CIVIL COURT OF THE CITY OF NEW YORK, SPECIAL TERM, BRONX COUNTY
May 3, 1968
VICTOR CAMAIONI ET AL., PLAINTIFFS,
ANTONIO CARUSO ET AL., DEFENDANTS
Arthur Wachtel, J.
By this motion plaintiffs, passengers in a vehicle owned and operated by defendant Caruso, seek summary judgment in this action for personal injuries against defendant Paradise Service Corp., the owner of a taxicab which was involved in collision with Caruso's vehicle. Plaintiffs seek to make "offensive" use of a prior judgment obtained by Caruso in an action brought in this court against said Paradise Service Corp.
Plaintiffs rely on B. R. De Witt, Inc. v. Hall (19 N.Y.2d 141) wherein "offensive" use was permitted of a prior judgment upon a jury verdict for $5,000 for personal injuries in favor of Farnum the driver of a truck, against Hall, the owner of the other vehicle involved in the accident. In the second action the owner of the truck sued Hall for property damage.
In Good Health Dairy Prods. Corp. v. Emery (275 N. Y. 14) the Court of Appeals permitted the owner to use as a defense, in a property damage action, a prior judgment obtained by her driver in the driver's action for personal injuries. Prior thereto, in Haverhill v. International Ry. Co. (217 App. Div. 521, affd. 244 N. Y. 582), the Court of Appeals had refused to permit the "offensive" use by the owner in his property damage suit of a prior judgment for personal injuries obtained by his driver. Haverhill was cited by the respondents in Good Health but was not cited by the court in its opinion. However, Haverhill's fact pattern was presented again in De Witt. Not only had the Court of Appeals in Haverhill refused to permit "offensive" use by the owner of his driver's personal injury judgment, but also in Elder v. New York & Pa. Motor Express (284 N. Y. 350), the court had refused to permit affirmative use by the driver of a prior judgment in favor of his owner. The rule of Mutuality had been a factor in both cases. Upon the basis of the fact pattern, Haverhill was precedent; Elder was not. De Witt decided that "offensive" use could be made by the owner of his driver's personal injury judgment. In so doing, the Court of Appeals ruled that mutuality of estoppel no longer applied. The court overruled Haverhill, and the dicta in Elder. But the court was not required to, nor did it specifically overrule the holding of Elder upon Elder's fact pattern. The majority opinion carefully limited its holding, stating as follows (p. 148):
"In this case, where the issues, as framed by the pleadings, were no broader and no different than those raised in the first lawsuit; where the defendant here offers no reason for not holding him to the determination in the first action; where it is unquestioned (and probably unquestionable) that the first action was defended with full vigor and opportunity to be heard; and where the plaintiff in the present action, the owner of the vehicle, derives his right to recovery from the plaintiff in the first action, the operator of said vehicle, although they do not technically stand in the relationship of privity, there is no reason either in policy or precedent to hold that the judgment in the Farnum case is not conclusive in the present action (see Currie, Mutuality of Collateral Estoppel, 9 Stan. L. Rev. 281; Currie, Civil Procedure; The Tempest Brews, 53 Calif. L. Rev. 25; Thornton, Further Comment on Collateral Estoppel, 28 Brooklyn L. Rev. 250)."
The case at bar is distinguishable. Here the passengers are seeking "offensive" use of their owner-driver's judgment. They do not "derive" their right to recovery from Caruso, in the sense that the owner in De Witt "derived" his right to recovery from his driver (cf. Neenan v. Woodside Astoria Transp. Co. 261 N. Y. 159).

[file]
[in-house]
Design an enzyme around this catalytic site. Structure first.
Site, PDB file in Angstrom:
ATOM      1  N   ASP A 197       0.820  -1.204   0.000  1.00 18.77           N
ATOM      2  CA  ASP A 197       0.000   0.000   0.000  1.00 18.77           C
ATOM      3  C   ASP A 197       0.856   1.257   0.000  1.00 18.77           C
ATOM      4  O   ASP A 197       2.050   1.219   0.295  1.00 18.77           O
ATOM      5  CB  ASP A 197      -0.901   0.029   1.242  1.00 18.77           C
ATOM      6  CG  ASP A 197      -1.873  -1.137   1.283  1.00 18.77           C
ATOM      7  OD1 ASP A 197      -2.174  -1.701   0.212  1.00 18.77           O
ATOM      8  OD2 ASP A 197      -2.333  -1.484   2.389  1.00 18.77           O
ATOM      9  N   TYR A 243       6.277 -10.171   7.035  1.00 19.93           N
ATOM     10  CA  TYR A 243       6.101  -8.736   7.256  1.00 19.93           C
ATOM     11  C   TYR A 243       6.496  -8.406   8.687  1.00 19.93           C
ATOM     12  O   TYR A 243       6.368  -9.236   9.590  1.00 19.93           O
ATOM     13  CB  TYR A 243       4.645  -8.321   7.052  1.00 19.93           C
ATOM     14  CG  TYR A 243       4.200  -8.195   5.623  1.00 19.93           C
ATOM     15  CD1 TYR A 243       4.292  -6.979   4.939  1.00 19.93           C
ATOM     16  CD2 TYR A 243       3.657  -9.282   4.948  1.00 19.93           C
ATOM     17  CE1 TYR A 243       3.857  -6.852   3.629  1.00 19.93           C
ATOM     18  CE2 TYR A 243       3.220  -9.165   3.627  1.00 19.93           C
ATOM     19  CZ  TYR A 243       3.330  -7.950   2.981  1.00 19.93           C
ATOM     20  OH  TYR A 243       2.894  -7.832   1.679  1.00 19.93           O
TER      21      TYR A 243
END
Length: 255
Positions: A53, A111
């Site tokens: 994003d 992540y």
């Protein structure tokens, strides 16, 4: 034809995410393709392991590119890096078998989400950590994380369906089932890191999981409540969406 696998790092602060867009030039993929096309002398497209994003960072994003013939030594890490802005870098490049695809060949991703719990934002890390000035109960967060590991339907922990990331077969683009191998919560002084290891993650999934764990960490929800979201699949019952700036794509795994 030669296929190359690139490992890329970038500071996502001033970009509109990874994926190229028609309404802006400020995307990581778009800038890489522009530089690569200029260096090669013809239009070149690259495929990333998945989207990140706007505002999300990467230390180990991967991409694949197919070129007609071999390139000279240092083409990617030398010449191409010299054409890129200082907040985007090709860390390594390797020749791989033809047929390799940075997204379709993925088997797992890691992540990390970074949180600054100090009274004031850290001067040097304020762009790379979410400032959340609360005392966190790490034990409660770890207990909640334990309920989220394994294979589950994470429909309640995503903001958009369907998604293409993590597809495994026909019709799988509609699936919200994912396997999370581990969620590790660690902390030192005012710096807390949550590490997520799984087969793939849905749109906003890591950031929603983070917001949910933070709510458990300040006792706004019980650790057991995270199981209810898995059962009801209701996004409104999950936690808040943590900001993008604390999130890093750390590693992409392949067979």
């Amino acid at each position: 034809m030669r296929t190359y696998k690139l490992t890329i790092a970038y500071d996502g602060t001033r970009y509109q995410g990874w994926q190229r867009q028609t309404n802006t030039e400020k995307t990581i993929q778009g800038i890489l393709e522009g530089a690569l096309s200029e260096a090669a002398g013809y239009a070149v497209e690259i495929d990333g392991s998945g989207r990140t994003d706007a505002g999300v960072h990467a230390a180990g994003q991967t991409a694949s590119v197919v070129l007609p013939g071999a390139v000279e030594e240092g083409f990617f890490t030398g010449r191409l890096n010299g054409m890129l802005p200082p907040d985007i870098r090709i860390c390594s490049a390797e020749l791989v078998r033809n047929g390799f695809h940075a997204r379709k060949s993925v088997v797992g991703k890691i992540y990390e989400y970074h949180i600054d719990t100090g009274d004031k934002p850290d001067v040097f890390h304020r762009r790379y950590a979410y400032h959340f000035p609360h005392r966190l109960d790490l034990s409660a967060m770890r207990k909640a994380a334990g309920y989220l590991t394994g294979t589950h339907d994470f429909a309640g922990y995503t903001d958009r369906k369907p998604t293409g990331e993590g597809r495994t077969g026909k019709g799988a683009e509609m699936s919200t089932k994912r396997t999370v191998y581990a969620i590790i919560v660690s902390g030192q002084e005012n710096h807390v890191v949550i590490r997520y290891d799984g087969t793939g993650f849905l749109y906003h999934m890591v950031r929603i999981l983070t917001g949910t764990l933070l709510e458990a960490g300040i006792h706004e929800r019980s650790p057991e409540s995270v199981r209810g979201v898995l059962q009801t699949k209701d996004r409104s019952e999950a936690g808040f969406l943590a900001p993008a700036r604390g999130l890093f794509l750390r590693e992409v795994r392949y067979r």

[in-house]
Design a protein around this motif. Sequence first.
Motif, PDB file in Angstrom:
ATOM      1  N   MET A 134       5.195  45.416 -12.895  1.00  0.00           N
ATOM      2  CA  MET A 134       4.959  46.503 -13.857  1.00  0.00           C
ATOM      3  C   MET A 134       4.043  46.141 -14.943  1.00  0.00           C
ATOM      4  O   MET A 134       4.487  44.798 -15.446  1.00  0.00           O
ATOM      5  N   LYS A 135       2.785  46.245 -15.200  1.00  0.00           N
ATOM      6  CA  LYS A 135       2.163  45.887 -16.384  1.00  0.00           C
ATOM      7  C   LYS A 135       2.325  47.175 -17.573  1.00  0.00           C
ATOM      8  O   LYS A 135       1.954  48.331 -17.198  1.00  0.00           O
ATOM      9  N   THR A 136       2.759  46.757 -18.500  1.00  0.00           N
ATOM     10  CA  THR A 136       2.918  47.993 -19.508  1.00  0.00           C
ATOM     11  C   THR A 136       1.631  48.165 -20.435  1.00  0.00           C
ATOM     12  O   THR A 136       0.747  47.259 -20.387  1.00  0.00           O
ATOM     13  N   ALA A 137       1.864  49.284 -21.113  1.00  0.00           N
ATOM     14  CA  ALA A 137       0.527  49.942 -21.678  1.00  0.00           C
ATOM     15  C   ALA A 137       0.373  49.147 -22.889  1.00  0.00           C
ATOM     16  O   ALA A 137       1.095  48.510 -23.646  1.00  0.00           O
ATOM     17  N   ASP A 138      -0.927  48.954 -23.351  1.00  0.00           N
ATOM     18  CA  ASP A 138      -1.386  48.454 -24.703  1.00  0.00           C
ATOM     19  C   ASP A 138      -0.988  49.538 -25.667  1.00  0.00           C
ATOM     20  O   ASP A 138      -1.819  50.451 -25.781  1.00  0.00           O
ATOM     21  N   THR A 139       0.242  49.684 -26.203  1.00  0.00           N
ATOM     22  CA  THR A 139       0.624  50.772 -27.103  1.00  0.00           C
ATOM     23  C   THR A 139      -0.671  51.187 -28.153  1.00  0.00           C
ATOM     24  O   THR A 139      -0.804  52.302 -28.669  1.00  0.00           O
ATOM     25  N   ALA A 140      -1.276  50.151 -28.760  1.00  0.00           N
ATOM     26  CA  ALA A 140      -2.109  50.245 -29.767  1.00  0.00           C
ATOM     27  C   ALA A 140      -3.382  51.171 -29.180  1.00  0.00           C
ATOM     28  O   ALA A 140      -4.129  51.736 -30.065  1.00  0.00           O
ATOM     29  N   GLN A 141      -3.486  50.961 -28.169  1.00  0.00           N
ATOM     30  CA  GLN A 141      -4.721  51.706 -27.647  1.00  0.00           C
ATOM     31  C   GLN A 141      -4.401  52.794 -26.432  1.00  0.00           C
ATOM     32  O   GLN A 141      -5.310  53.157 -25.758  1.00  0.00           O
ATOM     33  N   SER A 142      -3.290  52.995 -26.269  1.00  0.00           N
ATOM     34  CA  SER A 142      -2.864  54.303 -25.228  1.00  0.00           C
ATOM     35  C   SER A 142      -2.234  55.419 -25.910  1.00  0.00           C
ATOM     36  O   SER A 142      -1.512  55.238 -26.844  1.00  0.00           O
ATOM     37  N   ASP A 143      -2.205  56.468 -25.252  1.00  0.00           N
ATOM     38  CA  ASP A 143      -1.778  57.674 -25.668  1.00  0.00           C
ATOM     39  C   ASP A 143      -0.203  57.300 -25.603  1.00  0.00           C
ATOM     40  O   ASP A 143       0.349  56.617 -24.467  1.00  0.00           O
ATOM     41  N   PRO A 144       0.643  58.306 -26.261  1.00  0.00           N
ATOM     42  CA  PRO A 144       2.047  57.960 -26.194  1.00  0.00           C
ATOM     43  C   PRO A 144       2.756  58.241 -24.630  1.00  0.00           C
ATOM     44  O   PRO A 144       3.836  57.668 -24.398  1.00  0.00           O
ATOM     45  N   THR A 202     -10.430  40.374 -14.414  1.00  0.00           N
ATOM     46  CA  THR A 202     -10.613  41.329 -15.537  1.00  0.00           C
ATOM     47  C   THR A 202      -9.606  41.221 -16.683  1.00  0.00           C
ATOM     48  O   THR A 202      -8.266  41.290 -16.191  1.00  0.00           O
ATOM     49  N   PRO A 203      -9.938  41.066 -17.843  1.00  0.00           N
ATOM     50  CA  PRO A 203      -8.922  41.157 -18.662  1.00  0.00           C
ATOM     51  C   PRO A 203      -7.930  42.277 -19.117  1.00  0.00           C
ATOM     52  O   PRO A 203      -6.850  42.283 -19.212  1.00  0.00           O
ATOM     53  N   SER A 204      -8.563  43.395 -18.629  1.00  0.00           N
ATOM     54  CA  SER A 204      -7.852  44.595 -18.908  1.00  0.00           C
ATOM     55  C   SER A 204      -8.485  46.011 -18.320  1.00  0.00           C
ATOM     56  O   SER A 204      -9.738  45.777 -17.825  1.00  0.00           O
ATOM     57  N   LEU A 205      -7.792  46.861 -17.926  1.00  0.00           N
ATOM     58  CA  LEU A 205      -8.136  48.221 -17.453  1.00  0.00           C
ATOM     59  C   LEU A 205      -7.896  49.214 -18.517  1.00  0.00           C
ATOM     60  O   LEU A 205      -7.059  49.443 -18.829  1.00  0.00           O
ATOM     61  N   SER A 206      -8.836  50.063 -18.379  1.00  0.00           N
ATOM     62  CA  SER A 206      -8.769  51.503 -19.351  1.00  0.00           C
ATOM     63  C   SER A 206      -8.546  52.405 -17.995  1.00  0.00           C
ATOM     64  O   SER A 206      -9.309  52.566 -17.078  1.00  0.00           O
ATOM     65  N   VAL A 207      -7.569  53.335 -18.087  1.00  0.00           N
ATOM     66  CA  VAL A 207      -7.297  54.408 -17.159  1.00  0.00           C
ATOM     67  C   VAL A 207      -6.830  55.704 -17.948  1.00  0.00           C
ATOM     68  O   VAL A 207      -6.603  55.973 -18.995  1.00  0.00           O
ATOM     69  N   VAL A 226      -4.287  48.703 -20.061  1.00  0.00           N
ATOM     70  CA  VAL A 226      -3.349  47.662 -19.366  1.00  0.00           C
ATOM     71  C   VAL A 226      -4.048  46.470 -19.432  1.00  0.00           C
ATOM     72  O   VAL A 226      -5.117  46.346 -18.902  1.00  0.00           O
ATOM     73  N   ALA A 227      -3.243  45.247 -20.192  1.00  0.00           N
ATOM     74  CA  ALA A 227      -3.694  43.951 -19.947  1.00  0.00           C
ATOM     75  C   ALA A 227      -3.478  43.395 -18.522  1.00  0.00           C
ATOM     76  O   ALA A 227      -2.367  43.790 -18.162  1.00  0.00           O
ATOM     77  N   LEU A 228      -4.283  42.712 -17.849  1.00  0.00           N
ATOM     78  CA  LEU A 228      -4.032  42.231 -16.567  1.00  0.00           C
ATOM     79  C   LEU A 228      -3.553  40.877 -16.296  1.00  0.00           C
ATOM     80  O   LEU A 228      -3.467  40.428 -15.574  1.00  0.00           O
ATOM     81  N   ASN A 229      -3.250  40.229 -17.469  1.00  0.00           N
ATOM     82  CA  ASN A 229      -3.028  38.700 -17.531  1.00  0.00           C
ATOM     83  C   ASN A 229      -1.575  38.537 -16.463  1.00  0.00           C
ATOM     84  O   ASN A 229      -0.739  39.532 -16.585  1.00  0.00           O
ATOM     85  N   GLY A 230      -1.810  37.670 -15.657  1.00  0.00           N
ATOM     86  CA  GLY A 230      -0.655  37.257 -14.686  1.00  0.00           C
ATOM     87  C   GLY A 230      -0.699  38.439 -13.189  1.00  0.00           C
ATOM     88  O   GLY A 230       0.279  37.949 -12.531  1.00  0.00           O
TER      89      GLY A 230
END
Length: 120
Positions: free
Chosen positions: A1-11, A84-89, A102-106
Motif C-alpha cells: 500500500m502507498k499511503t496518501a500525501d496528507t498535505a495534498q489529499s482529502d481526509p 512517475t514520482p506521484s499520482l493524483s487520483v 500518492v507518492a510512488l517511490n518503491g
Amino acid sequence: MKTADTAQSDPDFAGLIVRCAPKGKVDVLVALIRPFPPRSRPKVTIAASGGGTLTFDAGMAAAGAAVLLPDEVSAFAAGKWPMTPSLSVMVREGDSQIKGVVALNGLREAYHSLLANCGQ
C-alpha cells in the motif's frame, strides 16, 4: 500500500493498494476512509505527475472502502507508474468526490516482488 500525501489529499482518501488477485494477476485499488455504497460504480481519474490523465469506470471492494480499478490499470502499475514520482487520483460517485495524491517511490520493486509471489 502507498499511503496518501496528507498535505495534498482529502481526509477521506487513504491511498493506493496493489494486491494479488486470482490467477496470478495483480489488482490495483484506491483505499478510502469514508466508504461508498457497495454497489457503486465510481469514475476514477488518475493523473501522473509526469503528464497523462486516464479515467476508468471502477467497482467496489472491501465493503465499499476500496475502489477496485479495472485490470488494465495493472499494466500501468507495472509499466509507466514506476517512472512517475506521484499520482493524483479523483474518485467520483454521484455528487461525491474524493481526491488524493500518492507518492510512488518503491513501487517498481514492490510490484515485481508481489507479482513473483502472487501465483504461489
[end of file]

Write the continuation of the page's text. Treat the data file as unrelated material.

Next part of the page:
In Neenan v. Woodside Astoria Transp. Co. (supra) the Court of Appeals held that a prior judgment in an action by Huppmann, an automobile owner, against a bus company could not be used as a defense by the successful owner, in a subsequent action by a passenger of the bus against both the automobile owner and the bus company. The court said (pp. 161-162): "Huppmann sought to introduce the judgment roll in his action against the transportation company, but of course it was not res judicata as to the passenger, Mary Neenan, as she was not a party to that action. She was free to prove that Huppmann was also negligent * * *. A plaintiff may hold all joint tort feasors".
Neenan would seem inconsistent with Good Health (supra). However, the Court of Appeals, in Good Health distinguished Neenan upon the ground that "Not only was there no privity between the bus company and its passenger, but the liability of neither was derived from the other, and the first trial afforded no opportunity to litigate the relative rights and liabilities as between the passenger and the owner of the automobile" (p. 19).
In a similar fact pattern, the Appellate Division of this Department refused collateral estoppel in Quatroche v. Consolidated Edison Co. (11 A.D.2d 665 ), upon the authority of Elder, prior to De Witt.
Until Elder (supra) is specifically overruled by the Court of Appeals, upon the same facts, this court cannot hold otherwise. The Appellate Division of this Department has so held in connection with the fact pattern in Glaser v. Huette (232 App. Div. 119, affd. mem. 256 N. Y. 686) and Friedman v. Salvati (11 A.D.2d 104, 106), and so also have other Departments. (See MacGilfrey v. Hotaling 26 A.D.2d 977 [3d Dept.]; concurring opinion of Presiding Justice of Appellate Division, Third Department, in Brooks v. Horning, 27 A.D.2d 874, 876-877; Grande v. Torello, 12 A.D.2d 937 [2d Dept.] Bartolone v. Niagara Car & Truck Rentals, 29 A.D.2d 869 [2d Dept.] and see, also, D'Addato v. Basin Taxi, 56 Misc. 2d [Civ. Ct. of City of N. Y., Bronx County Spec. Term I, Callahan, J.].) Indeed the Court of Appeals in De Witt significantly observed in a footnote (p. 147) with reference to Glaser and Minkoff v. Brenner (13 A.D.2d 838, affd. 10 N.Y.2d 1030), "whether Glaser and Minkoff should be followed is not before us". By the same token until the fact pattern of Elder is before the Court of Appeals and is reviewed, this court cannot assert that Elder is overruled. (See, also, Cobbs v. Thomas, 55 Misc. 2d 800.)